The Kiss, Kick, Kill Framework for Prioritizing Ideas

Most ideas fail but we either lock in an idea early or we succumb to the sunk cost fallacy. We need a way of assessing ideas quickly so that we can increase the number of ideas we test but focus on the ones with the best chance of success.

The Kiss, Kick, Kill Framework for Prioritizing Ideas

80% of new products fail, 90% of mobile apps don't make any money, four out of five startups lose money for investors and 60% of new restaurants fail within a year. This might seem like starting anything new is expensive and scary but you can look at it another way - 20% of ideas have the potential to succeed. The problem is that we are not looking at enough ideas so we settle for the ideas that have a lower chance of ever being successful.

Like in your personal relationships, you have to kiss a lot of frogs to find your prince. In business, you need to assess a lot of ideas to find the right one. No, No, No eventually gets to Yes. But this leads to another problem. We find it very hard to kill bad initiatives because we have either fallen in love with our solution or we’ve fallen victim to the sunk cost fallacy. This problem stems from the lack of defined criteria for idea assessment.

Assessing Ideas

When we have a list of ideas, at least 70% of those will result in nothing. So we need to apply a light touch process to quickly remove the ideas with the least chance of success to get to the best ideas. In essence, we want to optimize the time it takes for a company to make decisions.

I’ve developed the Kiss, Kick, Kill framework, to quickly evaluate ideas. It helps teams make informed decisions by categorizing ideas into "Yes," "No," or "Maybe" based on their alignment with the product objectives. This framework enables teams to quickly determine which opportunities are worth pursuing, leading to more effective and efficient decision-making.

Early Assesment and Discovery: Early Assessment, Discovery, Design

Documenting Ideas

The first step captures ideas using a standardized idea assessment form which covers key items like background context, the problem, the solution, value, how it aligns with strategy, and any blockers, among other items. This allows for a fair and consistent evaluation of each idea. 

Initial Assessment

This form is then initially assessed by a Product Lead or someone with experience in assessing ideas. They determine if the proposal has the kernel of a good idea or not. If they “Kiss” the idea they are voting to take it forward and help the idea-generator champion it in a cross-functional team meeting. They can also “Kick” it back for more information or to clarify how the solution will deliver value. Or they can “Kill” it. This is when the idea has been deemed a bad fit, or unlikely to deliver real value.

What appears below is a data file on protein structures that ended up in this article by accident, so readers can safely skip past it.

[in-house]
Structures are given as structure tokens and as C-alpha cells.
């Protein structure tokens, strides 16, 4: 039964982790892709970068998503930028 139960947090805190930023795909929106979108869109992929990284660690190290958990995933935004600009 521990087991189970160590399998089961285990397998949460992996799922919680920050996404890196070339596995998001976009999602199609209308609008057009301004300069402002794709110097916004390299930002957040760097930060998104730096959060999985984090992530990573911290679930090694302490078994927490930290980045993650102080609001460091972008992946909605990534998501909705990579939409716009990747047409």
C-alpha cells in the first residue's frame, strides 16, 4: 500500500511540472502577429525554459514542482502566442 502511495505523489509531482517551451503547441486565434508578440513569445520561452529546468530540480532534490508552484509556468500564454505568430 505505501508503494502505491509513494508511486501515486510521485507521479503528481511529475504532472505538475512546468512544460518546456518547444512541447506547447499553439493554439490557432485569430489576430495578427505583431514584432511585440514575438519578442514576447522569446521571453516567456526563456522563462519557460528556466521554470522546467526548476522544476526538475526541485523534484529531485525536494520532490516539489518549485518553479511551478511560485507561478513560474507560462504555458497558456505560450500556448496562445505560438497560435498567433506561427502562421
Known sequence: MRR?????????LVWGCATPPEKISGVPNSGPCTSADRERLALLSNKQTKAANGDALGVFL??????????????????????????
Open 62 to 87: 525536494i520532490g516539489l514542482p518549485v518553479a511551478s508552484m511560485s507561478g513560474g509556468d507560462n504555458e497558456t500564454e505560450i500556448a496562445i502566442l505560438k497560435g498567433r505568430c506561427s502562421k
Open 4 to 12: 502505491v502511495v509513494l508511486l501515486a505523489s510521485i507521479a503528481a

Since people can become very attached to their ideas it is important to keep a ‘kill list’ so we don’t waste time reviewing the same ideas over and over. We don’t want the same ideas with different names.

Lean Assessment Team (LAT)

The LAT is a cross-functional team of key stakeholders including Security, Marketing, Legal, Commercial, UX, Developers, Product, and other Subject Matter Experts, as appropriate for your context. The purpose of the team is for everybody to hear new ideas from the idea initiator at the same time and have the chance to input into that idea. The LAT is then responsible for teasing out any blockers or risks to decide whether they will support the idea or not. So again, Kiss, Kick, Kill. To keep the meetings short, the ideas are sent out ahead of the LAT sessions and the idea originator focuses the group on the initiative highlights and any issues.

The decision criteria vary between products but they have to be related to your strategic objectives. Typically, people are looking at the opportunity size, client impact, the alignment to strategy, the urgency of the solution, and the time and cost effort involved in delivery.

Scheme of the cross-functional Lean Assessment Team(LAT) Approach

Improving your Odds

Most ideas fail. By creating an assessment framework for your ideas you can iterate through more ideas more quickly to get to the ideas with the best chance of success. The Kiss, Kick, Kill framework reduces the length of time it takes for a company to make decisions which is one of the key factors that can be correlated with an initiative's success or failure.